Summer Season

May 25, 2015

The solstice that kicks off astronomical summer still lies almost a month away, but summer for currency market participants has just begun.  In foreign exchange, the year divides into three seasons, not four:  1) before the U.S. Memorial Day holiday, 2) the summer, and 3) what’s left of the calendar year after the Labor Day weekend in early September.

Summertime has unique properties that separate it from the other two seasons.  Market participants rotate thorough a revolving door, some return from vacation and others head off for their summer R&R.  Oftentimes, market depth, breadth and resilience are not as solid as during the other two seasons.  But it would be a mistake to assume that nothing happens of significance during summer.  The dollar’s link to gold was severed in summer, and U.S. officials came to define disorderly currency market conditions by the chaotic properties that existed on July 6, 1973.  Both world wars began in summer.  Iraq invaded Kuwait in August 1990, and a failed coup in the Soviet Union happened one year later.  Prior to the launch of the euro, several upheavals in key intra-European currency relationships had their genesis in Summer, and a number of other key currency market reversals happened that season.  The Asian debt crisis of 1997-8 began with a Thai baht devaluation on July 1, 1997, and the subprime mortgage loan meltdown surfaced on August 9, 2007.

The cusps between the three foreign exchange trading seasons are good times to take stock of where currencies have moved.  Between the starts of the Memorial Day weekends of 2014 and 2015, the dollar advanced 23.7% against the euro, 19.2% versus the yen, 18.0% relative to the Australian dollar, 16.8% vis-a-vis the New Zealand dollar, 13.1% against the Canadian dollar, 8.6% versus sterling and 5.4% against the Swiss franc.  In short, the greenback has experienced a stellar twelve months.  In last year’s summer currency season, the dollar rose 3.7% against the euro, 2.5% relative to the Swiss franc, and 2.0% vis-a-vis the yen.  The dollar also gained 1.4% against sterling but was unchanged on balance against the loonie.  Net dollar changes against the Australian dollar (down 1.1%) and New Zealand dollar (up 2.1%) were in opposite directions.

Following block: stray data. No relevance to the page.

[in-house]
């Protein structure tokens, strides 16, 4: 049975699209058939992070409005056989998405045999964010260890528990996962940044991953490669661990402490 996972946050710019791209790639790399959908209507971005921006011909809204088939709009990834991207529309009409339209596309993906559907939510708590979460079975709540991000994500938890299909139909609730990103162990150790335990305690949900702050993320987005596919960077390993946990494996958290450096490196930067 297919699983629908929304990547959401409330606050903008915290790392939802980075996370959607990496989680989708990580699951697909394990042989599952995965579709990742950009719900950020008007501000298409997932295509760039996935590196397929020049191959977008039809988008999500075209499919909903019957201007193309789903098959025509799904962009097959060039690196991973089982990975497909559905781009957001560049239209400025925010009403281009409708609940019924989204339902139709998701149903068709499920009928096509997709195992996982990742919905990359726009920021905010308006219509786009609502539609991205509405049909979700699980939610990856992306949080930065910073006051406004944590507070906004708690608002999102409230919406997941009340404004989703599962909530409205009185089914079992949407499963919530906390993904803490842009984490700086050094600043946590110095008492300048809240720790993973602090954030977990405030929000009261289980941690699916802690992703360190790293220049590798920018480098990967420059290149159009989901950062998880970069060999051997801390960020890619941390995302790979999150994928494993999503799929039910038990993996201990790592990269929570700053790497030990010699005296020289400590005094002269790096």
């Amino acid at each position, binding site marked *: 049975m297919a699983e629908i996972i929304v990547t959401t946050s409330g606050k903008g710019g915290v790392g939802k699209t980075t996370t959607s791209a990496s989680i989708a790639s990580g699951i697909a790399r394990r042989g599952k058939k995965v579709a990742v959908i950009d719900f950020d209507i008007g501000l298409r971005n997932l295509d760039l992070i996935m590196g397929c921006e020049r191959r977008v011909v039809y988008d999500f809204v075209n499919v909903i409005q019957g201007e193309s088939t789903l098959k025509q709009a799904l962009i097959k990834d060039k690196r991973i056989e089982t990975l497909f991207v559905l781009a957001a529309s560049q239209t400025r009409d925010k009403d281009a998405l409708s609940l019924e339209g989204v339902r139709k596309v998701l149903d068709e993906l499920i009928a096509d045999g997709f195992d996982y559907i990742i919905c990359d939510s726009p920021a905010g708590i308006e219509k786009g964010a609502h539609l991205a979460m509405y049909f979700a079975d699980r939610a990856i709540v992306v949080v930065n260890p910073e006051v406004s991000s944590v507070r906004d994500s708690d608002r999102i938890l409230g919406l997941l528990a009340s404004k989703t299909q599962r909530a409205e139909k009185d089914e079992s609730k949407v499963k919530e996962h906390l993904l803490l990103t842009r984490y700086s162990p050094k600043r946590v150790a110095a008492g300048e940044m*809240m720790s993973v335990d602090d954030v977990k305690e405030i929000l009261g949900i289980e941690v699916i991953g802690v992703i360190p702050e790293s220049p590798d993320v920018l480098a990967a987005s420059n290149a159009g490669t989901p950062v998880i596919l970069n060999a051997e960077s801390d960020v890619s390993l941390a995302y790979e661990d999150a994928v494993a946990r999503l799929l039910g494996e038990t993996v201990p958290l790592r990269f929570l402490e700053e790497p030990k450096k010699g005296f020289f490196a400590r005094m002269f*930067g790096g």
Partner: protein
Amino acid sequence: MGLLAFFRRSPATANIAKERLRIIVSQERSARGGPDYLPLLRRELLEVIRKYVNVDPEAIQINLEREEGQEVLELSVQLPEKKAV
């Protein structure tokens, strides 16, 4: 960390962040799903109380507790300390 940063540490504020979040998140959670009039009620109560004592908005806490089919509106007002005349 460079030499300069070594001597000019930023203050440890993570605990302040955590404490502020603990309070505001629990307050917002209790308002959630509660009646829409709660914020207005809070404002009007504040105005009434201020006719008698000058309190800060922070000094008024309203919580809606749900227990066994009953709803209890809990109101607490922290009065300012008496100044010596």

And here’s another oddity to bear in mind.  In the five years prior to 2014, that is 2009-2013,  the dollar fell on balance in summer against both the euro and yen, although none of those drops exceeded 7.0% in size.  Last year, as noted above, broke that string in each case as a year of across-the-board dollar appreciation began.  That upturn, moreover, coincided with a pronounced slide in world oil prices.  A huge decline in oil prices in 1998 had also occurred at a time when the dollar was well-bid.

Copyright 2015, Larry Greenberg.  All rights reserved.  No secondary distribution without express permission.

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